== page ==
Trudeau says he ordered takedown of ‘unidentified’ object shot down by US fighter over northern Canada
Canadian Prime Minister Justin Trudeau said that he ordered the takedown of an “unidentified” object that had crossed into Canada’s airspace on Saturday.
It is the second object in two days to be shot down over North America.
Trudeau said in a tweet that the North American Aerospace Defense Command (NORAD), which protects the airspace above the United States and Canada, downed the object after U.S. and Canadian aircraft were scrambled.
He confirmed that a U.S. F-22 fighter aircraft shot the object down over Yukon, a relatively sparsely populated territory in northwestern Canada. He said Canadian forces will recover and analyze the wreckage of the object and thanked NORAD for keeping watch over the continent.
Trudeau added that he also spoke to President Biden about the object.
The White House said in a release that NORAD tracked the object for 24 hours, and Biden was continually briefed on it by his national security team.
“Out of an abundance of caution and at the recommendation of their militaries, President Biden and Prime Minister Trudeau authorized it to be taken down,” the release states.
Biden and Trudeau also discussed the need to recover the object to learn more about its origin and purpose, according to the statement.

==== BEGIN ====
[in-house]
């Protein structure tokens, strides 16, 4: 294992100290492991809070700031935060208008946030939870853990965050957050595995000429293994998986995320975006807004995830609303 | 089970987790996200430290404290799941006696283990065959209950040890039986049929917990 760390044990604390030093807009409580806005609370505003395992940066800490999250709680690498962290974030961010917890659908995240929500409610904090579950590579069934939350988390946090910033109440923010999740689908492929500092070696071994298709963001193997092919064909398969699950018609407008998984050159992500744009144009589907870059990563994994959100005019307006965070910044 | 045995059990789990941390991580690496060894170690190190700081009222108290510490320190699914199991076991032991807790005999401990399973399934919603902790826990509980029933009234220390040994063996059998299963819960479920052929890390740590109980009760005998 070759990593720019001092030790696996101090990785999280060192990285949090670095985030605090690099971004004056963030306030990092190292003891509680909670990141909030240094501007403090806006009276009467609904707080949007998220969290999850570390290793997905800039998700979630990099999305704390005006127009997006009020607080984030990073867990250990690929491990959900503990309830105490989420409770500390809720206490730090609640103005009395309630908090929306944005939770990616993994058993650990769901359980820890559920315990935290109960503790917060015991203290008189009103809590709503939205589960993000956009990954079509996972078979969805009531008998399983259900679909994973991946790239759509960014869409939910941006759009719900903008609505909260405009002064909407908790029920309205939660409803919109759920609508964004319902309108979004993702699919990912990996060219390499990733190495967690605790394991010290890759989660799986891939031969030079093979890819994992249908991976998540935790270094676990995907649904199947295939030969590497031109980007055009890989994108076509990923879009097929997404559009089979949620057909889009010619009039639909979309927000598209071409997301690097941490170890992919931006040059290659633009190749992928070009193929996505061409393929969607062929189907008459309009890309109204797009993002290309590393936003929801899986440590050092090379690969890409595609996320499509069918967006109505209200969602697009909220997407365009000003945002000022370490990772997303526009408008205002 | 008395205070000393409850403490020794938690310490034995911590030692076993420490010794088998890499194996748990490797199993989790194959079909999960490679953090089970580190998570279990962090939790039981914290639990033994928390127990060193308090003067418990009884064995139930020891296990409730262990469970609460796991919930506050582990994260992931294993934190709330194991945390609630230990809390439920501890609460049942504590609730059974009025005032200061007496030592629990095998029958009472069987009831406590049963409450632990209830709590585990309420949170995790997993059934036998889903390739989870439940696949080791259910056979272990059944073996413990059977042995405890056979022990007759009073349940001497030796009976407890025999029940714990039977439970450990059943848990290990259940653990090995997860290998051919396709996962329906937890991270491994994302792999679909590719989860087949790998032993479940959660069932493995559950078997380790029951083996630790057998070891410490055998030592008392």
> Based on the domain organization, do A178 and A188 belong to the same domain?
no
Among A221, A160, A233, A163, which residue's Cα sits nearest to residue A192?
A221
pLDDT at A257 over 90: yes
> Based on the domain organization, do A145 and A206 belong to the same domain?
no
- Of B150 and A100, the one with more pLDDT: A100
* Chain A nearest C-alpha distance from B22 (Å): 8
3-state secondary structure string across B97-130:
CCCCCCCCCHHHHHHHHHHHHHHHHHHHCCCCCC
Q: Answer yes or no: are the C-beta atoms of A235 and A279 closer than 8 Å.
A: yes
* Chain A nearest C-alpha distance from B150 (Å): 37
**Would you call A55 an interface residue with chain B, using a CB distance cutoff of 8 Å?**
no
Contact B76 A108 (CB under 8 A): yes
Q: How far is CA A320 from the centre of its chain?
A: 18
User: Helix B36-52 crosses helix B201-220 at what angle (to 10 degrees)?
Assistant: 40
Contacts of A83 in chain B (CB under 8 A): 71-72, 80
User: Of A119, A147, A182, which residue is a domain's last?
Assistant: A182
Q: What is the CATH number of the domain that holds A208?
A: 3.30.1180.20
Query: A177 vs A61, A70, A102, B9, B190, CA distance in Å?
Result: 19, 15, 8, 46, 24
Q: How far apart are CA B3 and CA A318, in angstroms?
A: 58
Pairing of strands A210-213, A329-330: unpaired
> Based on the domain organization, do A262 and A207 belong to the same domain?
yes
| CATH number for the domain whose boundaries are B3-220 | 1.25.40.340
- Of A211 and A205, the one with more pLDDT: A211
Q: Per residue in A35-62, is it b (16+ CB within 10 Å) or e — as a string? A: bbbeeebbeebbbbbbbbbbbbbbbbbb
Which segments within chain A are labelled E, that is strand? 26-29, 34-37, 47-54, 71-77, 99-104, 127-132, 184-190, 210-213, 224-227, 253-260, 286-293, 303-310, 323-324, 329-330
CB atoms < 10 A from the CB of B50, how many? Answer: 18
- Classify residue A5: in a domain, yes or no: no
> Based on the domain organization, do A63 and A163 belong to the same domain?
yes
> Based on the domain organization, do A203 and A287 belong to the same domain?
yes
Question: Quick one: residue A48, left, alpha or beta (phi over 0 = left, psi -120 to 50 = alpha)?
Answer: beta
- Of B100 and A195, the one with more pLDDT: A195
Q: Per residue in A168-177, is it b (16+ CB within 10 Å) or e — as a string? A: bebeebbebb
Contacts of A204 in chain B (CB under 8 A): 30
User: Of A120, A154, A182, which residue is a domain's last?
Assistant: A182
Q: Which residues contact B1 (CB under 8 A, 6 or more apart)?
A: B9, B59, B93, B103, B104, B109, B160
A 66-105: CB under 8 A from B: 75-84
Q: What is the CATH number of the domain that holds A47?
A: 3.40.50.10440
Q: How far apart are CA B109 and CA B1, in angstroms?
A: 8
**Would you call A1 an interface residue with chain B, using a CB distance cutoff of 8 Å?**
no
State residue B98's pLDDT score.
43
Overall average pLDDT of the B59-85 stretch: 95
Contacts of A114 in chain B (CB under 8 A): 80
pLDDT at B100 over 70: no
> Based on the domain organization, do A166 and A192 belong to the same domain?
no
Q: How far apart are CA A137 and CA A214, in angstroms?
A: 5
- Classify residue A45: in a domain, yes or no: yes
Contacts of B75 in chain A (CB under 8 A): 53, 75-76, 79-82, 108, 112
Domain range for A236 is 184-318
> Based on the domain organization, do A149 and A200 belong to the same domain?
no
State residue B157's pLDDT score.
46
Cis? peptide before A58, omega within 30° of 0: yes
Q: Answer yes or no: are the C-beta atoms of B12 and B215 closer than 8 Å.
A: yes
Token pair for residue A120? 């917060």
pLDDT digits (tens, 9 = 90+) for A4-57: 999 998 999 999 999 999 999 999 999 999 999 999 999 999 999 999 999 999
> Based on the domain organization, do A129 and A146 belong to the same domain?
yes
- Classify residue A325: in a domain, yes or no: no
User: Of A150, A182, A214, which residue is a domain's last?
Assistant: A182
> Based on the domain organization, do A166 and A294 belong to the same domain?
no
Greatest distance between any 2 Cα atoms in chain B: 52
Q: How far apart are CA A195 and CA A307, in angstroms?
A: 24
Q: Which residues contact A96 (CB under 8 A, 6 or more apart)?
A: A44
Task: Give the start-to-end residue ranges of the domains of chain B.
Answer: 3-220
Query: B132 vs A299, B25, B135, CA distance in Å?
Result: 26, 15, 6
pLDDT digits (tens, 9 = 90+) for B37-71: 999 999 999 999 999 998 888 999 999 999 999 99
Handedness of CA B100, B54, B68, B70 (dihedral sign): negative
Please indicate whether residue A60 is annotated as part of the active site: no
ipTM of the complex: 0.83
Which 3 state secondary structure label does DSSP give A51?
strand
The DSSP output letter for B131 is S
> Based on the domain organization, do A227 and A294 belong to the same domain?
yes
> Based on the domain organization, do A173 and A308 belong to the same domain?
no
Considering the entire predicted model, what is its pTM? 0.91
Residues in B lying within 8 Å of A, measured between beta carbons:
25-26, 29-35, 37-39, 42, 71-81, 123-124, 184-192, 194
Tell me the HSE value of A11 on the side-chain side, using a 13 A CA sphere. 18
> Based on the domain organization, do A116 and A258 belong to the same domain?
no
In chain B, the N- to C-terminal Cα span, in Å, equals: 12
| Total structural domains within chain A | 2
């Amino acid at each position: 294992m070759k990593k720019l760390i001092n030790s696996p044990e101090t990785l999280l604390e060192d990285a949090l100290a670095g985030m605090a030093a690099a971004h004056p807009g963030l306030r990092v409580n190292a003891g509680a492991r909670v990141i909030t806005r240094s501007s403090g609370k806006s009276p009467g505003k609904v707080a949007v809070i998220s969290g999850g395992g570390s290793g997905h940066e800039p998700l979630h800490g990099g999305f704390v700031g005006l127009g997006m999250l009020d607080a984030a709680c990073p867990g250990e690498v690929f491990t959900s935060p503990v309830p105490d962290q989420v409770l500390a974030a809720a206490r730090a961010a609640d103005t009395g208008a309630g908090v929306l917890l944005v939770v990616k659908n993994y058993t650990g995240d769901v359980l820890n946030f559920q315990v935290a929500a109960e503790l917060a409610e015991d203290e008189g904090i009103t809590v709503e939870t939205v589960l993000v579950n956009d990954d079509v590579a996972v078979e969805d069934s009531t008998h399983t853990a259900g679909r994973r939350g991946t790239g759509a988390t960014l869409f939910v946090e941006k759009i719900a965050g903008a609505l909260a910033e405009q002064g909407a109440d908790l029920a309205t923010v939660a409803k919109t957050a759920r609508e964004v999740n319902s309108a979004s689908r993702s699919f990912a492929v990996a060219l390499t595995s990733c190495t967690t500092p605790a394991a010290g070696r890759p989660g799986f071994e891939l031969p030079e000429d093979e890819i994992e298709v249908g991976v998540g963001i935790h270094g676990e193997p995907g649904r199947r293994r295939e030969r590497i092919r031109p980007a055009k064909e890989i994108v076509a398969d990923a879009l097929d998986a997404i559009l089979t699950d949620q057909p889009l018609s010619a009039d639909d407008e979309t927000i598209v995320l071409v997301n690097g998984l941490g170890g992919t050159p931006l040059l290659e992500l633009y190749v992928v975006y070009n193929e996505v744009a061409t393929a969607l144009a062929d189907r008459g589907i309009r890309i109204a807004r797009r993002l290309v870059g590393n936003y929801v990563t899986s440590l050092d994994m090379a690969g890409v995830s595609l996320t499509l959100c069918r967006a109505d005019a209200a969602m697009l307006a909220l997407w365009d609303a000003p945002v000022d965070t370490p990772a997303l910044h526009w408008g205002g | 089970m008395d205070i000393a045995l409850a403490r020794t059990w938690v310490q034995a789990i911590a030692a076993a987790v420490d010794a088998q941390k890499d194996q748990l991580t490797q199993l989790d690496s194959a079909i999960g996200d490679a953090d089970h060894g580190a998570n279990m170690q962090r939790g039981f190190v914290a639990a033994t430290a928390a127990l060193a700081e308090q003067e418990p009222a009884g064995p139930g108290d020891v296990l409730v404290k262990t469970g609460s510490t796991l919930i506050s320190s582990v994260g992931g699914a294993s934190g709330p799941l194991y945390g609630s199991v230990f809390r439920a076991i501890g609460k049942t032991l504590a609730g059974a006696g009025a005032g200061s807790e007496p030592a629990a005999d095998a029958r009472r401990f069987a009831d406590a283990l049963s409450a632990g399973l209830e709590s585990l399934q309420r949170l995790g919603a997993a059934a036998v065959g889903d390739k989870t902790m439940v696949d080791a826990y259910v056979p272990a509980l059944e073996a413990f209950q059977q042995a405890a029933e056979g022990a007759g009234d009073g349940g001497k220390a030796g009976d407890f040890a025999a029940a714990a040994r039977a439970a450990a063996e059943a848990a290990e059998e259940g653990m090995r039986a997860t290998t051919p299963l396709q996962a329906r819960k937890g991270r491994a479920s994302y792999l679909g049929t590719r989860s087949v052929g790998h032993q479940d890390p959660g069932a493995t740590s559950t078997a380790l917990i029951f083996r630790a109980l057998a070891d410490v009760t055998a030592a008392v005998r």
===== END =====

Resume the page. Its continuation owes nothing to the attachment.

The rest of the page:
The incident comes one day after U.S. officials said they shot down an object flying over Alaskan airspace Friday. The object was traveling 40,000 feet above the ground, which officials said posed a “reasonable” threat to commercial aircraft, and landed in U.S. waters.
White House spokesperson John Kirby said the U.S. was still collecting information about whether another country operated it or if a private individual or company owned it. He said officials did not know what the object’s purpose was and did not have a more specific description of it than calling it an “object.”
Yukon borders Alaska on the state’s eastern side.
Sen. Lisa Murkowski (R-Alaska) in a statement Saturday commended U.S. forces for taking the object over Canada down. She said she appreciates all Air Guardsmen who are involved in the efforts to recover the debris, which will allow the U.S. to know what the objects are and where they came from.
“As we learn more about these objects, I will continue to encourage maximum transparency so that Alaskans have the greatest possible understanding of what they are and what we are doing, on the front line of our nation’s defense, to take them safely out of the sky,” she said.
Both of these incidents happened in the aftermath of the Chinese surveillance balloon that traveled across the United States last week. It was first seen over the Aleutian Islands of Alaska and eventually traveled from the airspace over Montana and across the country until it was shot down over the coast of South Carolina.
The U.S. military downed the balloon down when it was over the Atlantic Ocean. Officials decided against shooting it down earlier based on concerns about debris from the balloon harming people on the ground.
The Chinese government has denied that the balloon was meant for surveillance, instead saying that it was a weather balloon that was blown off course by wind. U.S. officials have rejected that assertion.
The incident has heightened tensions between the U.S. and China as Secretary of State Antony Blinken postponed a planned visit to the country after discovering the balloon. A top Chinese defense official also refused a phone call from Defense Secretary Lloyd Austin to discuss the balloon last week.
Updated on Feb. 12 at 6:35 a.m.
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